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  1. admin Post author

    Dear Kevin,

    Thank you for your interesting email. We have looked up Adelphia Florilla Converse in various sources and think we have found your ancestor, though – frustratingly – not her parentage. (You may have also got this far.)

    The trail was a bit confusing as there are two Adelphia Florillas. The book “The Converse Family and Allied Families” by Charles Allen Converse mentions the one born in 1790, as a daughter of Elisha Converse, but she would be too old to be the Adelphia Florilla you mention. We did, however, find the later one in born 4 November 1822 [not clear where this precise date comes from – 1870/1880 censuses give 1826 as her birth year, see also below] in New York, died 10 September 1899 in Pineville, Rapides, Louisiana. We also found her listed in 1841-42 as a student in the Monticello Seminary, Godfrey, Madison County, Ill. (adjacent to a “Pamelia M. Converse”, who may be a sister or other close relative).

    She appears later in several US Censuses under her married name (Southwick) and in some 1874 Louisiana documents claiming recompense for loss of lumber and livestock during the civil war. In one of these documents (her deposition letter) she states her age as 48 yrs, so born in 1826 (as in the 1870/1880 censuses)

    It seems plausible that these two Adelphias are related, probably as aunt and niece, respectively. Looking at the extensive family of Elisha Converse (page 897 in the book), there are several of his children, sibs of the Adelphia born 1790, who might have had a daughter named Adelphia Florilla Converse b. 1822 (but in most cases their children are not listed in the book). They are: Roswell Converse, b. 1780, Jonathan Converse, b. 1782, John Mason Converse, b. 1797, and Louisa Converse, b. 1792 (who married a Converse, Sprague L. Converse – her children would thus still bear the surname Converse). Elisha Converse b. 1794 could also be a possibility, but the book lists his children, and they do not include an Adelphia.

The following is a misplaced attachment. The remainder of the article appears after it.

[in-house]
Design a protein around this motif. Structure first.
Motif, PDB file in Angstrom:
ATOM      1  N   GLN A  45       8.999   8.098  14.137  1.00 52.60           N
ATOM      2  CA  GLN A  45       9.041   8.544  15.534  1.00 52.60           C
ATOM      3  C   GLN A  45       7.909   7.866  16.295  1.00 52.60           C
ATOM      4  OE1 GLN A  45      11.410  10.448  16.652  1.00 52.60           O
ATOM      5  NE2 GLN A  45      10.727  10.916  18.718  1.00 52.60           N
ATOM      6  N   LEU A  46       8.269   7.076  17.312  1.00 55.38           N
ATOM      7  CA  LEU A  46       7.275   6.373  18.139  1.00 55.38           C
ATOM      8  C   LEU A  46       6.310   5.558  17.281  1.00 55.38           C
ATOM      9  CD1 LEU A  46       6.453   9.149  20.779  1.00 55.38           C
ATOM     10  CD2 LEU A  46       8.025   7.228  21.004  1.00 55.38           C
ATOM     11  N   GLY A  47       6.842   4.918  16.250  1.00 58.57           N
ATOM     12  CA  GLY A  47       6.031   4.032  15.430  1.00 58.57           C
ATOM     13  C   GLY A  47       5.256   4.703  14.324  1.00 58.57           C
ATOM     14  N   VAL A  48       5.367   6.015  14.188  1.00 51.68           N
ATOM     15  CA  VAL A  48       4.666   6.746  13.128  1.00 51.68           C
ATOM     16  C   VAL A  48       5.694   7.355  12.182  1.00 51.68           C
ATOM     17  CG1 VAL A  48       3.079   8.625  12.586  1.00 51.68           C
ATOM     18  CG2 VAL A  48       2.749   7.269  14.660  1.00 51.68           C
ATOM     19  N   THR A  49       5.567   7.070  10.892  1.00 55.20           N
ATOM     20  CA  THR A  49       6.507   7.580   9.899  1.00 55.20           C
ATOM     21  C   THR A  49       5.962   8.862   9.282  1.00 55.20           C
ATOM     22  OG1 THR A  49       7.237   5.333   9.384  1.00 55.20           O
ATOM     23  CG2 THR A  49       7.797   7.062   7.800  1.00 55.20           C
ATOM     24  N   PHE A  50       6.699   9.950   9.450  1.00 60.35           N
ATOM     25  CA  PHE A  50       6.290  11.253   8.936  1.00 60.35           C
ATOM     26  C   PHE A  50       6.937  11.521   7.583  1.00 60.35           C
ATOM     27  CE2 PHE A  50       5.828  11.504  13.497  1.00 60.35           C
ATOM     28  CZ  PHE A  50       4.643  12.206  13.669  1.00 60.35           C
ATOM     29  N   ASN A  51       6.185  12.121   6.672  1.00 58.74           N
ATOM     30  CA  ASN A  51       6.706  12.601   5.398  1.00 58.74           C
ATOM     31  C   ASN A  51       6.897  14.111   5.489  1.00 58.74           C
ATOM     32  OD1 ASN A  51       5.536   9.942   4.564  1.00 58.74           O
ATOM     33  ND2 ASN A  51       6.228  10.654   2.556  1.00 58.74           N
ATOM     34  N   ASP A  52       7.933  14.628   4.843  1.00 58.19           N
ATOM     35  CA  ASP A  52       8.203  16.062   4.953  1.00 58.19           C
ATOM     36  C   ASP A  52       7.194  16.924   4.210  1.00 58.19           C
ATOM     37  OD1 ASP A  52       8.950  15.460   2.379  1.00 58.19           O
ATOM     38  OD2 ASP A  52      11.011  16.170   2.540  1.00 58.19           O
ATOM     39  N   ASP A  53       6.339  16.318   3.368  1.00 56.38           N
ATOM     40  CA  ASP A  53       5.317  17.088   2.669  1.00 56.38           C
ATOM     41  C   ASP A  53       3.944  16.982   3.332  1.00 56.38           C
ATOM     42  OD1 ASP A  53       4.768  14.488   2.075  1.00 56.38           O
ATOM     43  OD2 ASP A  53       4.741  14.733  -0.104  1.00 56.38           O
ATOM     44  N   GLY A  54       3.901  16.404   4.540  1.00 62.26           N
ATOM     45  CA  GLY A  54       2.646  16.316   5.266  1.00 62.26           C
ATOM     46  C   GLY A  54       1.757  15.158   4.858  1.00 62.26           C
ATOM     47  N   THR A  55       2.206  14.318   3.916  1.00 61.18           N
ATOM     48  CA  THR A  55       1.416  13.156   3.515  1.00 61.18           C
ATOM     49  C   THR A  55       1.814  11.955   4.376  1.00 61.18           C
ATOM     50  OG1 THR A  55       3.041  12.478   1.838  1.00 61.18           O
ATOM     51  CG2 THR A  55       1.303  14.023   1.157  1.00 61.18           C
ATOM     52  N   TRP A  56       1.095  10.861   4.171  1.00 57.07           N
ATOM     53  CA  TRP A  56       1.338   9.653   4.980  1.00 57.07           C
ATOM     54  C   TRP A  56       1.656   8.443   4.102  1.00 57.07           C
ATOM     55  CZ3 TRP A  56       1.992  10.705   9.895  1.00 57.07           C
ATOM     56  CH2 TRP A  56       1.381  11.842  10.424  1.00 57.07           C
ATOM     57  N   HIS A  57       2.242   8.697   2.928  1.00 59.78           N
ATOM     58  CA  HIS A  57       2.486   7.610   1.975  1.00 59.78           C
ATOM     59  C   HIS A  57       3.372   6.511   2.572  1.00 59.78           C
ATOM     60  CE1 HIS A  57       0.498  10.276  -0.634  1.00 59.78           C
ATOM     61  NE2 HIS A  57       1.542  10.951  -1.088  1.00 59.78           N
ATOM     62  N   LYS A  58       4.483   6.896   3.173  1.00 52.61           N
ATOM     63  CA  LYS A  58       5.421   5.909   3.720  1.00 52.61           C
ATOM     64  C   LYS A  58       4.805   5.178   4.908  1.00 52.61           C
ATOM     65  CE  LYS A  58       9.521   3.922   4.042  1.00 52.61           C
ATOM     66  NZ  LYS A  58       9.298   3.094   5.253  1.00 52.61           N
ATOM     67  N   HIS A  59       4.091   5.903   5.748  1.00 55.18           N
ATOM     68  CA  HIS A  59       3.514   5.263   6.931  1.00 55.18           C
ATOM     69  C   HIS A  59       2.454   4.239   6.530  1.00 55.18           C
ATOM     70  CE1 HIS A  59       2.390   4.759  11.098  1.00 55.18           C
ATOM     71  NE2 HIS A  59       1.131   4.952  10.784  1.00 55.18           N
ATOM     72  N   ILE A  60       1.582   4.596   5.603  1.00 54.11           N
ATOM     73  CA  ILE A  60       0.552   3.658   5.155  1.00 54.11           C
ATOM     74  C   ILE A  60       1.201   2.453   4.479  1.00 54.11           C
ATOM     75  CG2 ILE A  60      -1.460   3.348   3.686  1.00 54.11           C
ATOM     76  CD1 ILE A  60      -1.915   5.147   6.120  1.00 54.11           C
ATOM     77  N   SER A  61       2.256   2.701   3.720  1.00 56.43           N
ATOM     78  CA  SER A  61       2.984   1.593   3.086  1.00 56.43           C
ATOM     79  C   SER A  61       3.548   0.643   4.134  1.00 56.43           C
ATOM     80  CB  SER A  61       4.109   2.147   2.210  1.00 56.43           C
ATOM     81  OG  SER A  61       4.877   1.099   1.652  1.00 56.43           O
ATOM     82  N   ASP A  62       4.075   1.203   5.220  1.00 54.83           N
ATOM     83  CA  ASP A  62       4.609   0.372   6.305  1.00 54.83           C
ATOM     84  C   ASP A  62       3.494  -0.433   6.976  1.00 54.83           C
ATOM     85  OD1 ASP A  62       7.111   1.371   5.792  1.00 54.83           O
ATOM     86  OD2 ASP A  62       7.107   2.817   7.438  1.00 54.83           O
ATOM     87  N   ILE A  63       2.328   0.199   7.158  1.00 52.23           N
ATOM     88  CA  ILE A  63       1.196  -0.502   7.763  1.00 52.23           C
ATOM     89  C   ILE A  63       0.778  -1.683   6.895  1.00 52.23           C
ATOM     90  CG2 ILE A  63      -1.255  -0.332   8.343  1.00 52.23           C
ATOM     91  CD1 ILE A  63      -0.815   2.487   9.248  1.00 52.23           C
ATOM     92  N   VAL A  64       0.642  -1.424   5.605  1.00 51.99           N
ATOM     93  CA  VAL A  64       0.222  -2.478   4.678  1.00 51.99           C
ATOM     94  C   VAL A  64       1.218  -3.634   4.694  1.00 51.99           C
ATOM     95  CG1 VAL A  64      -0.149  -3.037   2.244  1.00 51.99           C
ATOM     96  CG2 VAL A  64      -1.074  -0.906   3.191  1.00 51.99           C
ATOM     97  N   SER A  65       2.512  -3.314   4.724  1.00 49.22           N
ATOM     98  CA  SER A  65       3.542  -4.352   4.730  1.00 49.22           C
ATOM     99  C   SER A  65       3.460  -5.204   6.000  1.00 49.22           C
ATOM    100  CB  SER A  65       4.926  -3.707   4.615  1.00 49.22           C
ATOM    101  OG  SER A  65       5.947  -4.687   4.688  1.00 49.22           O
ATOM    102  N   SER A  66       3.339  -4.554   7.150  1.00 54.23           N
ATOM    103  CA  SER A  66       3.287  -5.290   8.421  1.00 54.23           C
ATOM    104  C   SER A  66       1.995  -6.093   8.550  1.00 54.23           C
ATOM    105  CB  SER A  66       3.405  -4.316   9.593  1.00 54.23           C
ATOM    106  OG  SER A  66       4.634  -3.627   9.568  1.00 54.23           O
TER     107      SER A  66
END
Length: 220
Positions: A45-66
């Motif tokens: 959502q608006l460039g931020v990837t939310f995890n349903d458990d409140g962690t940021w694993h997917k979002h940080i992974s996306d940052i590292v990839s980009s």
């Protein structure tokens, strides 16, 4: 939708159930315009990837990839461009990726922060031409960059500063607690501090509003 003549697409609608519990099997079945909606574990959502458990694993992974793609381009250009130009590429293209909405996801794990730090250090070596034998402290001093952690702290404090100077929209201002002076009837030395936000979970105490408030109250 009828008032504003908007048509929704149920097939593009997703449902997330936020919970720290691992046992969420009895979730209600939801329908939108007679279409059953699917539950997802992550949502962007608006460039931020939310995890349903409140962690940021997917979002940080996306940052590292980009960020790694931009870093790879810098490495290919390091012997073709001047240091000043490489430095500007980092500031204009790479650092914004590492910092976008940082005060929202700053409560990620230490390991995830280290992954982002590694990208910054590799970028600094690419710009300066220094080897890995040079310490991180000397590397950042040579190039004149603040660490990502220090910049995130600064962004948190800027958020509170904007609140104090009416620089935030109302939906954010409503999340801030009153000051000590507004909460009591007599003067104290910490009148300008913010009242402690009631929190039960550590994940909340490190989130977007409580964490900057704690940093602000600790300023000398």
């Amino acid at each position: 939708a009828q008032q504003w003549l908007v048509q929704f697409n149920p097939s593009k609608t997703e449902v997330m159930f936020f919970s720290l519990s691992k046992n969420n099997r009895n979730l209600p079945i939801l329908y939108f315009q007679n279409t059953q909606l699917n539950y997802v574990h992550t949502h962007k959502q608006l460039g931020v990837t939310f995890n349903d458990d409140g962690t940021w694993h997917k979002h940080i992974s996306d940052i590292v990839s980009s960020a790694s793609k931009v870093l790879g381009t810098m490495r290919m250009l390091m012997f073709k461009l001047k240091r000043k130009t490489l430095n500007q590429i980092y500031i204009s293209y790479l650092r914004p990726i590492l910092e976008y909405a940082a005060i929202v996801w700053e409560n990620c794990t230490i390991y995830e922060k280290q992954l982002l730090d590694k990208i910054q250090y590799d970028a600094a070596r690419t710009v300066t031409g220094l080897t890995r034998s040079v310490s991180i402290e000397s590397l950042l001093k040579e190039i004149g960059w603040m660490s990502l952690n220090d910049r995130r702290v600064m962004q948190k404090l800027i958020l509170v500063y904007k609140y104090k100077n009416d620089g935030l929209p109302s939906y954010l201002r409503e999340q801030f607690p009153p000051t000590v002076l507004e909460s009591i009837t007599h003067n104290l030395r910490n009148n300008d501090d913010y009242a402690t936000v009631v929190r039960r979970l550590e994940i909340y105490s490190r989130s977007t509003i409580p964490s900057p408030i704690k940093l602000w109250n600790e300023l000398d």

There is a tendency in that family (as in others?) to name children after relatives, and I think it very likely that your Adelphia Florilla Converse ancestor is from that family, ie descended from Elisha Converse. I have not found that name anywhere else. It is because it is such an unusual name that we might make that assumption.

    If we then accept Adelphia Florilla Converse b. 1822 as a grand-daughter of Elisha Converse (approx. 1750-1843), this leads us back via Jonathan, Ensign Edward, Samuel, and Sergeant Samuel to Deacon Edward Converse, who, as you know, arrived in America in 1630 in the Winthrop Fleet.

    Professional genealogists? – we have no expertise in this area and, since we live in Scotland (UK) we don’t have any relevant local connections. But a good place to start might be the New England Historic Genealogical Society (

    DNA? – the only way to prove direct ancestry from Deacon Edward Converse would be by Y-DNA analysis. But the Y-chromosome is carried only by males, and passes from father to son in each generation. Clearly not possible in your case since you are from a maternal line. Autosomal DNA (as from Ancestry DNA, for example) might, if you are lucky, throw up matches to living “cousins” who might have documented links to Deacon Edward. But the connections would only be very tentative. Autosomal DNA gets mixed up with maternal/paternal genes at each generation, so traces of early ancestral DNA is very rapidly diluted.

    We hope this is helpful.

    Best wishes, Carolyn and Alan

  2. Kevin Southwick

    Dear Carolyn,

    I’m very happy to find your Converse info because my great-great-grandmother was Adelphia Florilla Converse born in New York County, NY in 1822. I wish I knew the names of her parents. Can you suggest where I might find more information about her? She later lived in Alexandria, La where there were many Converse relatives. Having studied her for many years, I have the sense that she was very respected in her community.

    It seems that her family had some prominence because she attended an exclusive women’s school in Altan, MO (St. Louis, MO) and later in life was a close acquaintance of Admiral Farragut, a prominent US Navy Admiral.

    I won’t bore you with more details, but if there’re any professional genealogists whom I can contact, please let me know.

    I’d also like to know if a DNA test might show if I’m descended from Deacon Converse. If so, where should I have that test made.

    This is very interesting. I’m happy to discover your information and will gladly share the results of whatever discoveries I and lucky to make.

    Kindest regards,

    Kevin Southwick
    Houston, Texas

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